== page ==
An abnormal heart rhythm is called an arrhythmia.

Sometimes palpitations are symptoms of arrhythmias. You might feel like your heart is racing, thumping or skipping beats. You might notice them during exercise, when you’re stressed or after having caffeine or nicotine.

If you have palpitations or feel you have an irregular heart beat, it’s important to see your doctor or health practitioner to find out the cause. All arrhythmias require treatment.

There are 4 different kinds of arrhythmias:

  • Premature (extra) beats are the most common type of arrhythmia. They can feel like fluttering in the chest. These can result from stress, too much exertion, caffeine or nicotine.
  • Supraventricular tachycardias are fast heart rates. Atrial fibrillation is a form of this. More details about atrial fibrillation, for professionals, is here.
  • Ventricular rhythm issues can stop the ventricle pumping blood around the body. It can result in sudden cardiac arrest.
  • Bradycardia is when your heart beat is too slow. It can mean that not enough blood reaches your brain and can cause you to pass out.


Arrhythmias are caused by problems in your heart’s electrical system. They can happen because of heart disease, or other things like:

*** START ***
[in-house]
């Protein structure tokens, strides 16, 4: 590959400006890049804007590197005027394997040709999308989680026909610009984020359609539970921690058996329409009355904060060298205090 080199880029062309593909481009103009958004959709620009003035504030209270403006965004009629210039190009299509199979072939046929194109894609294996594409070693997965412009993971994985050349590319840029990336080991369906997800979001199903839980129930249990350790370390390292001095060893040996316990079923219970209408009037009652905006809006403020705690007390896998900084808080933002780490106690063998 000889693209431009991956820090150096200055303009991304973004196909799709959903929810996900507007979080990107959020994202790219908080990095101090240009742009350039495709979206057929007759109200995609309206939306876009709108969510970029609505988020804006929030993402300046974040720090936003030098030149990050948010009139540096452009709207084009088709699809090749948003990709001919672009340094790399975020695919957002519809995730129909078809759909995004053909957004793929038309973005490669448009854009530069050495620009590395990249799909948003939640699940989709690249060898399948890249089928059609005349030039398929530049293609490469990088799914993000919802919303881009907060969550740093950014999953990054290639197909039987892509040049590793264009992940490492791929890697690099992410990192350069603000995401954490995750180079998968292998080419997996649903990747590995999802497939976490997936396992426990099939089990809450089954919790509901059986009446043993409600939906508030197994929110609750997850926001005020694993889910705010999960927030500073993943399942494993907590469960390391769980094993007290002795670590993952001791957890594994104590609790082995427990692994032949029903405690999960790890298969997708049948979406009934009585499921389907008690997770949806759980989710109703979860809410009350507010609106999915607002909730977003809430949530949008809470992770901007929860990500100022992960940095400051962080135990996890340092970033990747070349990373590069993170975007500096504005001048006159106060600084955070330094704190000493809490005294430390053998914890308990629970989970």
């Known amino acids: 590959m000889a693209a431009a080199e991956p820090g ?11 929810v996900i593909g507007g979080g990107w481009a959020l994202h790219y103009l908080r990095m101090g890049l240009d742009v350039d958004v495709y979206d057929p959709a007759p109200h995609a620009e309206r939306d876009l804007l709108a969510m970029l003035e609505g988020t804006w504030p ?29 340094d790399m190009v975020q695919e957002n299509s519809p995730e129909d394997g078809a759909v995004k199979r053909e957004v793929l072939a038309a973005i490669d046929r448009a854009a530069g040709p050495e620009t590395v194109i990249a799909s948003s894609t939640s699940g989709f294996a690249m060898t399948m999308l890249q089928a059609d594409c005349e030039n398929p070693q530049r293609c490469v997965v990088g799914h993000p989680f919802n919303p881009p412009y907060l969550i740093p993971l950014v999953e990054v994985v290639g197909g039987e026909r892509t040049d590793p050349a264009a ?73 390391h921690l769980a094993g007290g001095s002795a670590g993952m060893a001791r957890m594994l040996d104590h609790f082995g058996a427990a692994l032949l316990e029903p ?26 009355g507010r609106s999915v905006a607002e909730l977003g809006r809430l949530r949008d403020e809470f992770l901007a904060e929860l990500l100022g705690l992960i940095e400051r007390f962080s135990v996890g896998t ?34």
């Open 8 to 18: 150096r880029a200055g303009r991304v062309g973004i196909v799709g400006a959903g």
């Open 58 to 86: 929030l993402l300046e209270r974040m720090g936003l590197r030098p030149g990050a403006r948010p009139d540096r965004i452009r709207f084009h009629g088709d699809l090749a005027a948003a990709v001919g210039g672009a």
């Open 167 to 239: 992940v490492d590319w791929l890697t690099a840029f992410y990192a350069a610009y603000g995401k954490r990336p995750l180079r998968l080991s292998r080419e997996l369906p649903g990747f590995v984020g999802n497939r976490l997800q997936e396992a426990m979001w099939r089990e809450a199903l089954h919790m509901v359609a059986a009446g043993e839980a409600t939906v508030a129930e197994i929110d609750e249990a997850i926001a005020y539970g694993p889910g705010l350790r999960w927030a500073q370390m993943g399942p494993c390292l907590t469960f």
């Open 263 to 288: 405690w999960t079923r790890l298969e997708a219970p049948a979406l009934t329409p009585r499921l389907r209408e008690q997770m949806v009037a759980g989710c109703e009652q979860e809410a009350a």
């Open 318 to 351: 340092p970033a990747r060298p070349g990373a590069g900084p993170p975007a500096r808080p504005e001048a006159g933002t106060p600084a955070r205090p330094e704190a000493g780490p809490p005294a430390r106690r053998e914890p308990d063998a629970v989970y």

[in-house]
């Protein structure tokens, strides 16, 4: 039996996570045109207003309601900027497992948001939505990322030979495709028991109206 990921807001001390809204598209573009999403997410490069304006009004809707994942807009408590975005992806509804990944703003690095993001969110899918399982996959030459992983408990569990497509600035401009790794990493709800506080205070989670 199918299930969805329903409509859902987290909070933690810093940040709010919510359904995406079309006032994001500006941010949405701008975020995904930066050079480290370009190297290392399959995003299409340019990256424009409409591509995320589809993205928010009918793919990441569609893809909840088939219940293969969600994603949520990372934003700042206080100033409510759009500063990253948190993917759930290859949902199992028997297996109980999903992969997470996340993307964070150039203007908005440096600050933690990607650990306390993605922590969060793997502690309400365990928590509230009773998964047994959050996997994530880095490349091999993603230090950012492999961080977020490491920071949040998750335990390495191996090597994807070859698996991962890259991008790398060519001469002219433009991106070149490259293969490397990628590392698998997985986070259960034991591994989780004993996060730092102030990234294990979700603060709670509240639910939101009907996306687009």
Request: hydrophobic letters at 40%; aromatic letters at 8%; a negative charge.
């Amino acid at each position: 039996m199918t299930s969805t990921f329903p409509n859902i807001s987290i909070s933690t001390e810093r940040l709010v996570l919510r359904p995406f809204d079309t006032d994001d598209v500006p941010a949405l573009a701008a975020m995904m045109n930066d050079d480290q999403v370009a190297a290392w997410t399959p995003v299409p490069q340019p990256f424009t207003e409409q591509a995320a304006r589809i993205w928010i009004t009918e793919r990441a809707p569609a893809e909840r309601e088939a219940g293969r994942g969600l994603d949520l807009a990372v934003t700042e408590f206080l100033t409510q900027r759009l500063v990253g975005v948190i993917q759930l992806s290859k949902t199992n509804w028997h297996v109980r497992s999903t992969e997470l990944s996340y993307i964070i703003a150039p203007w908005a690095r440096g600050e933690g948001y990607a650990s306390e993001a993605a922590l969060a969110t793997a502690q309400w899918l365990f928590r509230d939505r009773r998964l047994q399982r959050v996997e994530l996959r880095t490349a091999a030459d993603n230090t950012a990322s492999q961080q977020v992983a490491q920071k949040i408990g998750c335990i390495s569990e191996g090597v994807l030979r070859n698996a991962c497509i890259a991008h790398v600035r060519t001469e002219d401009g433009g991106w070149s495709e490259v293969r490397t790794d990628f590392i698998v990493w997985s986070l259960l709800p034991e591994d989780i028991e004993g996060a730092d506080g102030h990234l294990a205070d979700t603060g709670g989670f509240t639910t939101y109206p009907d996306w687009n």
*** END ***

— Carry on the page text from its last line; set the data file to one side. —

• blocked electrical signals, abnormal electrical signal pathways, or irritable heart cells that send out signals when they shouldn’t
  • some medicines, or stimulants like caffeine, nicotine or alcohol
  • a coronary artery spasm (called Prinzmetal angina). This a temporary discomfort or pain caused by a spasm (constriction) in 1 or more of your coronary arteries which can block the blood supply to your heart muscle. Spasms can range from very minor to severe, and sometimes may completely block your coronary artery.

Sometimes there’s no known cause.


To see if you have an arrhythmia, your doctor may use tests like:

  • electrocardiogram (ECG)
  • stress tests
  • tilt tests
  • electrophysiology studies.


There are different treatments for arrhythmias. The best one for you depends on the cause and how much the arrhythmia affects you.


Your doctor may prescribe medicines to treat some arrhythmias. They may restore or maintain a normal heart beat in the short or long term.

It’s important to take them as prescribed.

Procedures and devices

Implantable medical devices can be used to treat some types of arrhythmias, like:

  • artificial pacemakers (usually for a slow heart beat, bradycardia)
  • implantable cardiac defibrillators (ICDs) for people at risk of more dangerous arrhythmias.

Your doctor may recommend procedures like electrical cardioversion or catheter ablation.

Sometimes surgeons can operate to remove the sections of the heart muscle that aren’t working properly. Surgery isn’t common, but can be very effective in treating some arrhythmias.

Lifestyle changes

Arrhythmias are often associated with other forms of heart disease. It’s important to manage the risk factors for heart disease to avoid more heart problems.